By that time, Trump had issued nearly four dozen critical tweets and retweets about the election results and Fox News, including a baseless conspiracy theory from a far-right television network that alleged votes had been improperly tallied in Pennsylvania. He also found time to thank actor Scott Baio for posting a photo of a craft store’s candle display, which had been arranged to spell out, “Trump is still your president.”

But it’s not just President Trump — who focused his first election campaign on Hillary’s purported negligence during the Benghazi attack that killed four Americans — who let six Americans die with little notice.

It’s also newly installed Secretary of Defense Christopher Miller. As Barbara Starr noted on Twitter yesterday, it took over two hours after the deaths were announced before Miller issued condolences, and the Joint Chiefs did not make a statement until after she first tweeted it.

This is the kind of thing that, in a normal era, works like clockwork in the Pentagon.

But yesterday, days after Devin Nunes flunky Kash Patel was installed as Chief of Staff at DOD, that clockwork failed.

Kash Patel has done a spectacular job, throughout the Trump Administration, of ensuring that accurate information doesn’t get to his principals, whether that’s Nunes, Trump himself (Patel was at NSC pretending to be an expert on Ukraine during impeachment), presumably at ODNI when he led a house-cleaning effort there, and now DOD.

But there’s no reason to believe that preventing people from getting accurate information translates into being an effective Chief of Staff for one of the world’s biggest bureaucracies.

I guess it’s up to the Republicans who are enabling this attack on the country by the Lame Duck President to decide how much damage they want Trump’s flunkies to do in the interim.

Palace Intrigue: Trump Prepares His Consolation Prize for Vladimir Putin

In the last two days, Trump has prepared a coup of sorts. First, he fired Mike Esper and replaced him with Christopher Miller; several of Esper’s top deputies went with him. Then, Trump installed three different Devin Nunes flunkies at several places in the DOD bureaucracy:

  • Mike Ellis — the guy who hid the Ukraine transcript and one source for the unmasking hoax — to NSA as General Counsel
  • Ezra Cohen-Watnick — a key Mike Flynn loyalist and another source for the unmasking hoax — to DOD Undersecretary of Intelligence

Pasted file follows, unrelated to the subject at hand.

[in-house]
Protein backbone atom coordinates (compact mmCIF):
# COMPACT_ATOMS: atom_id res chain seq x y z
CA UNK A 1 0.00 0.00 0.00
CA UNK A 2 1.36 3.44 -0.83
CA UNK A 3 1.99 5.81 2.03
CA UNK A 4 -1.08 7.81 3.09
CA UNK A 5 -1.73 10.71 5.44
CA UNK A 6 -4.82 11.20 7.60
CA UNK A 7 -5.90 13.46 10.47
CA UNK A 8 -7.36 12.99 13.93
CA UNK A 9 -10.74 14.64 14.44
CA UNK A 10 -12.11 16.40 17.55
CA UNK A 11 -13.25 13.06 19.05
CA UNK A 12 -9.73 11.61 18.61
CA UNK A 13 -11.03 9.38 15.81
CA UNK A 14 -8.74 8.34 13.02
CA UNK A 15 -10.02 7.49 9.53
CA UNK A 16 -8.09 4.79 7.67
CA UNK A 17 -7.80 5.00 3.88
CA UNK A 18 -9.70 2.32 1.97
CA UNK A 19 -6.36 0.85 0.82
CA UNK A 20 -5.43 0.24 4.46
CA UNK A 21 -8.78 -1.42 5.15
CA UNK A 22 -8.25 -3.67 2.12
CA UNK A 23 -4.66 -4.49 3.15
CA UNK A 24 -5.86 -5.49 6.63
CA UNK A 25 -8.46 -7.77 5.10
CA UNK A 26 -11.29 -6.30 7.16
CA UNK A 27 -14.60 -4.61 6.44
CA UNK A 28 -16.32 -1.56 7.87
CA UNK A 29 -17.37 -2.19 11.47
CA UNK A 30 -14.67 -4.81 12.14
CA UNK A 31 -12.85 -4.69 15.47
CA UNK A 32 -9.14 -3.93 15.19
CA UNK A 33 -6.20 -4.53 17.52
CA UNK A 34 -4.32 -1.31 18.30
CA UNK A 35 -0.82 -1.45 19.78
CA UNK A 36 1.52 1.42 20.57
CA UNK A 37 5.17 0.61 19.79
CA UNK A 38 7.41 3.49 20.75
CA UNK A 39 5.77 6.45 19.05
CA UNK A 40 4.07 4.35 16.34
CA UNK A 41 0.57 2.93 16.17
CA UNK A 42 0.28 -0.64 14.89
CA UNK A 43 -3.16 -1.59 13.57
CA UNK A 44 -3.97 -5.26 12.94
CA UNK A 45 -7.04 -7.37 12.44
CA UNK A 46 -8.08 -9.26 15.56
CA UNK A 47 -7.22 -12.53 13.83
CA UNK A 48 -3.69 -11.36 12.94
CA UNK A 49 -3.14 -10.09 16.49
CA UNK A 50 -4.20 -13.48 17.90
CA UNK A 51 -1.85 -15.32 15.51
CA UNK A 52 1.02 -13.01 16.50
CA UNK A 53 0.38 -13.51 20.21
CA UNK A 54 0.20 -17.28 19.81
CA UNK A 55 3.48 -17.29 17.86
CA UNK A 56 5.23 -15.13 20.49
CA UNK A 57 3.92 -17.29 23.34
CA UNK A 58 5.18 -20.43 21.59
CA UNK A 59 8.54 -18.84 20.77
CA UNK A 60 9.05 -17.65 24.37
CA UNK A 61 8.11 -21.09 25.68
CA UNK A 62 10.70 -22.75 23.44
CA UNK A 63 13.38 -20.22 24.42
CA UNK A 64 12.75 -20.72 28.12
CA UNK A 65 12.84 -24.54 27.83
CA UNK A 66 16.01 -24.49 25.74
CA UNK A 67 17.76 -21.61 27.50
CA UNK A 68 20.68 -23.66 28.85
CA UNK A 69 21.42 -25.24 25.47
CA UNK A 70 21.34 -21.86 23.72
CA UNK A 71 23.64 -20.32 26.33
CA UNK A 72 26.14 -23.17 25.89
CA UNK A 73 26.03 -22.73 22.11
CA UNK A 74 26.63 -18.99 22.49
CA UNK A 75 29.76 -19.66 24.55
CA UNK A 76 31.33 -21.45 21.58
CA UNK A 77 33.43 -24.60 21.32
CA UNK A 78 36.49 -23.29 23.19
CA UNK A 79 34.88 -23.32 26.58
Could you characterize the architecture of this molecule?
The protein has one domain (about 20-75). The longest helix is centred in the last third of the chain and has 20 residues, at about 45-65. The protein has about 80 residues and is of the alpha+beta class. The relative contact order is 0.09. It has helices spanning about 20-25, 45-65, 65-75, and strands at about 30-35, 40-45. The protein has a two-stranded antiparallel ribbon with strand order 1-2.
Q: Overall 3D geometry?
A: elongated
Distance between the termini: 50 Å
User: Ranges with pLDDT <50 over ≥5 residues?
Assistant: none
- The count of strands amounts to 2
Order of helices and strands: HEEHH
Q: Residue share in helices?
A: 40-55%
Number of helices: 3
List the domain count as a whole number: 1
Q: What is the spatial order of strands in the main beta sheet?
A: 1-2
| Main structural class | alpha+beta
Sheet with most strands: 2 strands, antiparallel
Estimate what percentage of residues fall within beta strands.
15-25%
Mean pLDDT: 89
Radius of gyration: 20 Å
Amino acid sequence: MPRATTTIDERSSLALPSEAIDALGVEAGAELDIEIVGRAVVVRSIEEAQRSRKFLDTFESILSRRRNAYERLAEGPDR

• Kash Patel — who ensured that no HPSCI Republicans got sound intelligence during their Russian investigation, then pretended to be a Ukraine expert during impeachment, and then served to conduct a purge in the Office of Director of National Intelligence — to DOD Chief of Staff

To be clear, unlike these others, Christopher Miller, the Acting Secretary of Defense, reportedly does care about US security, even if he’s several ranks too junior for the job and got appointed over a Senate confirmed Deputy.

But the Nunes flunkies are there, serving as gate-keepers for the hoaxes favored by Trump and Nunes, as they have done so successfully throughout Trump’s term.

Spook-whisperer David Ignatius reports that these changes come amidst a sustained debate about what to do with a piece of likely Russian disinformation that — Trump and feeble-minded partisans like Lindsey Graham believe — will prove that Russia didn’t prefer Trump over Hillary.

President Trump’s senior military and intelligence officials have been warning him strongly against declassifying information about Russia that his advisers say would compromise sensitive collection methods and anger key allies.

An intense battle over this issue has raged within the administration in the days before and after the Nov. 3 presidential election. Trump and his allies want the information public because they believe it would rebut claims that Russian President Vladimir Putin supported Trump in 2016. That may sound like ancient history, but for Trump it remains ground zero — the moment when his political problems began.

CIA Director Gina Haspel last month argued strongly at a White House meeting against disclosing the information, because she believed that doing so would violate her pledge to protect sources and methods, a senior congressional source said. This official said a bipartisan group of Republican and Democratic senators has been trying to protect Haspel, though some fear that Trump may yet oust her.